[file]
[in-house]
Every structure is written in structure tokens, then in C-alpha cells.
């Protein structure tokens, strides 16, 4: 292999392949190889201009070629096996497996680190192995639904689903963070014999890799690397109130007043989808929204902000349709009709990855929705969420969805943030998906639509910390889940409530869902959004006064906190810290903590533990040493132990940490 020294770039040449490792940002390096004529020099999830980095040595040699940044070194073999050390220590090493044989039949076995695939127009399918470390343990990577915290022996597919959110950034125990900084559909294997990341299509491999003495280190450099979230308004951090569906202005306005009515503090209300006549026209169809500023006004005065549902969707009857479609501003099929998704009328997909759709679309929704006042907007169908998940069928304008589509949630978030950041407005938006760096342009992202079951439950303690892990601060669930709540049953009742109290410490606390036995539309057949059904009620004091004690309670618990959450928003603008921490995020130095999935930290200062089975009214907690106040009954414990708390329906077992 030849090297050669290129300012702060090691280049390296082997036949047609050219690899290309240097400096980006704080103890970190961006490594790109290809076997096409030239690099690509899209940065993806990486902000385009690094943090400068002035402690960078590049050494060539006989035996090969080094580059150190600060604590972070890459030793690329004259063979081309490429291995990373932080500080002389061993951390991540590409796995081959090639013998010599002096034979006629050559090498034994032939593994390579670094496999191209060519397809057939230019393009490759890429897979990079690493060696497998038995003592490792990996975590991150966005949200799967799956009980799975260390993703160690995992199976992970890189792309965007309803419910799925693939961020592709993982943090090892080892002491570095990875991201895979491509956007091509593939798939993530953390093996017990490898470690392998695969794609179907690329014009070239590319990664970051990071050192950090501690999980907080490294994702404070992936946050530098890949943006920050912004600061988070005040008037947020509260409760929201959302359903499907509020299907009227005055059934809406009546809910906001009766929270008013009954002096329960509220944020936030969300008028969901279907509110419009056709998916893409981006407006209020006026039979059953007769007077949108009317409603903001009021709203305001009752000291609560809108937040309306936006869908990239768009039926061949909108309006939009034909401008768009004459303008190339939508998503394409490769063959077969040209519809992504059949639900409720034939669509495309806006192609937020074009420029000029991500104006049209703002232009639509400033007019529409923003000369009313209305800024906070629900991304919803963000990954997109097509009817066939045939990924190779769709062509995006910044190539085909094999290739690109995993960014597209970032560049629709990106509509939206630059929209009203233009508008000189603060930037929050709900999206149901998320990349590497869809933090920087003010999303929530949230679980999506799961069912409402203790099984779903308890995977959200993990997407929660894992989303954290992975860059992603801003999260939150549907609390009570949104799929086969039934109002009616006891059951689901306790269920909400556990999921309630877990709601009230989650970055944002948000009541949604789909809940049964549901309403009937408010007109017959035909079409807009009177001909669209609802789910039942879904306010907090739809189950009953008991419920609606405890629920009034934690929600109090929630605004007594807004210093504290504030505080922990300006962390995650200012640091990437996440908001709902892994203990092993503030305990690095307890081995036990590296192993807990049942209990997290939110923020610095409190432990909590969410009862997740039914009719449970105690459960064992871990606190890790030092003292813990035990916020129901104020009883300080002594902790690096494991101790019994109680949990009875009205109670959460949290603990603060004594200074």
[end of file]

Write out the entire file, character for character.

[in-house]
Every structure is written in structure tokens, then in C-alpha cells.
């Protein structure tokens, strides 16, 4: 292999392949190889201009070629096996497996680190192995639904689903963070014999890799690397109130007043989808929204902000349709009709990855929705969420969805943030998906639509910390889940409530869902959004006064906190810290903590533990040493132990940490 020294770039040449490792940002390096004529020099999830980095040595040699940044070194073999050390220590090493044989039949076995695939127009399918470390343990990577915290022996597919959110950034125990900084559909294997990341299509491999003495280190450099979230308004951090569906202005306005009515503090209300006549026209169809500023006004005065549902969707009857479609501003099929998704009328997909759709679309929704006042907007169908998940069928304008589509949630978030950041407005938006760096342009992202079951439950303690892990601060669930709540049953009742109290410490606390036995539309057949059904009620004091004690309670618990959450928003603008921490995020130095999935930290200062089975009214907690106040009954414990708390329906077992 030849090297050669290129300012702060090691280049390296082997036949047609050219690899290309240097400096980006704080103890970190961006490594790109290809076997096409030239690099690509899209940065993806990486902000385009690094943090400068002035402690960078590049050494060539006989035996090969080094580059150190600060604590972070890459030793690329004259063979081309490429291995990373932080500080002389061993951390991540590409796995081959090639013998010599002096034979006629050559090498034994032939593994390579670094496999191209060519397809057939230019393009490759890429897979990079690493060696497998038995003592490792990996975590991150966005949200799967799956009980799975260390993703160690995992199976992970890189792309965007309803419910799925693939961020592709993982943090090892080892002491570095990875991201895979491509956007091509593939798939993530953390093996017990490898470690392998695969794609179907690329014009070239590319990664970051990071050192950090501690999980907080490294994702404070992936946050530098890949943006920050912004600061988070005040008037947020509260409760929201959302359903499907509020299907009227005055059934809406009546809910906001009766929270008013009954002096329960509220944020936030969300008028969901279907509110419009056709998916893409981006407006209020006026039979059953007769007077949108009317409603903001009021709203305001009752000291609560809108937040309306936006869908990239768009039926061949909108309006939009034909401008768009004459303008190339939508998503394409490769063959077969040209519809992504059949639900409720034939669509495309806006192609937020074009420029000029991500104006049209703002232009639509400033007019529409923003000369009313209305800024906070629900991304919803963000990954997109097509009817066939045939990924190779769709062509995006910044190539085909094999290739690109995993960014597209970032560049629709990106509509939206630059929209009203233009508008000189603060930037929050709900999206149901998320990349590497869809933090920087003010999303929530949230679980999506799961069912409402203790099984779903308890995977959200993990997407929660894992989303954290992975860059992603801003999260939150549907609390009570949104799929086969039934109002009616006891059951689901306790269920909400556990999921309630877990709601009230989650970055944002948000009541949604789909809940049964549901309403009937408010007109017959035909079409807009009177001909669209609802789910039942879904306010907090739809189950009953008991419920609606405890629920009034934690929600109090929630605004007594807004210093504290504030505080922990300006962390995650200012640091990437996440908001709902892994203990092993503030305990690095307890081995036990590296192993807990049942209990997290939110923020610095409190432990909590969410009862997740039914009719449970105690459960064992871990606190890790030092003292813990035990916020129901104020009883300080002594902790690096494991101790019994109680949990009875009205109670959460949290603990603060004594200074």